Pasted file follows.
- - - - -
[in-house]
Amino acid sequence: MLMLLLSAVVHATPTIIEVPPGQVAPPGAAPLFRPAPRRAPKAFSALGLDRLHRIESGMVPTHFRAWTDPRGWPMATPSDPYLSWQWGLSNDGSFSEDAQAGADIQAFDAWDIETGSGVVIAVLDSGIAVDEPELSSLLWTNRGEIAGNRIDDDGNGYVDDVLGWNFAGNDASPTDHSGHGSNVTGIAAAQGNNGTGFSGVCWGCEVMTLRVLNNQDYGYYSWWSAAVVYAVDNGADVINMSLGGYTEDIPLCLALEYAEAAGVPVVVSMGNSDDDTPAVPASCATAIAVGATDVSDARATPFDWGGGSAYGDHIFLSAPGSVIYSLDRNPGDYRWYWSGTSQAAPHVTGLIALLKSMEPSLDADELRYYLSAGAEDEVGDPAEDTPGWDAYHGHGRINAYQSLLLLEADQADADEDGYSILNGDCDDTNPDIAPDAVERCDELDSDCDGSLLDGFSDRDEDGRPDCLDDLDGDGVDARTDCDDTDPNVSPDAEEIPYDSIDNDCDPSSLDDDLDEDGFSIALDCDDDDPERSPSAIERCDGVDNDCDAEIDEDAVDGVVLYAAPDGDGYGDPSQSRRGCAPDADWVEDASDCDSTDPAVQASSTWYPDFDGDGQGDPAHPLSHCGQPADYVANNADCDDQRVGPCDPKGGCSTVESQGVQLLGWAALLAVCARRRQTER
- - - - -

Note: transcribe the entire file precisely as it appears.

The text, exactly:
[in-house]
Amino acid sequence: MLMLLLSAVVHATPTIIEVPPGQVAPPGAAPLFRPAPRRAPKAFSALGLDRLHRIESGMVPTHFRAWTDPRGWPMATPSDPYLSWQWGLSNDGSFSEDAQAGADIQAFDAWDIETGSGVVIAVLDSGIAVDEPELSSLLWTNRGEIAGNRIDDDGNGYVDDVLGWNFAGNDASPTDHSGHGSNVTGIAAAQGNNGTGFSGVCWGCEVMTLRVLNNQDYGYYSWWSAAVVYAVDNGADVINMSLGGYTEDIPLCLALEYAEAAGVPVVVSMGNSDDDTPAVPASCATAIAVGATDVSDARATPFDWGGGSAYGDHIFLSAPGSVIYSLDRNPGDYRWYWSGTSQAAPHVTGLIALLKSMEPSLDADELRYYLSAGAEDEVGDPAEDTPGWDAYHGHGRINAYQSLLLLEADQADADEDGYSILNGDCDDTNPDIAPDAVERCDELDSDCDGSLLDGFSDRDEDGRPDCLDDLDGDGVDARTDCDDTDPNVSPDAEEIPYDSIDNDCDPSSLDDDLDEDGFSIALDCDDDDPERSPSAIERCDGVDNDCDAEIDEDAVDGVVLYAAPDGDGYGDPSQSRRGCAPDADWVEDASDCDSTDPAVQASSTWYPDFDGDGQGDPAHPLSHCGQPADYVANNADCDDQRVGPCDPKGGCSTVESQGVQLLGWAALLAVCARRRQTER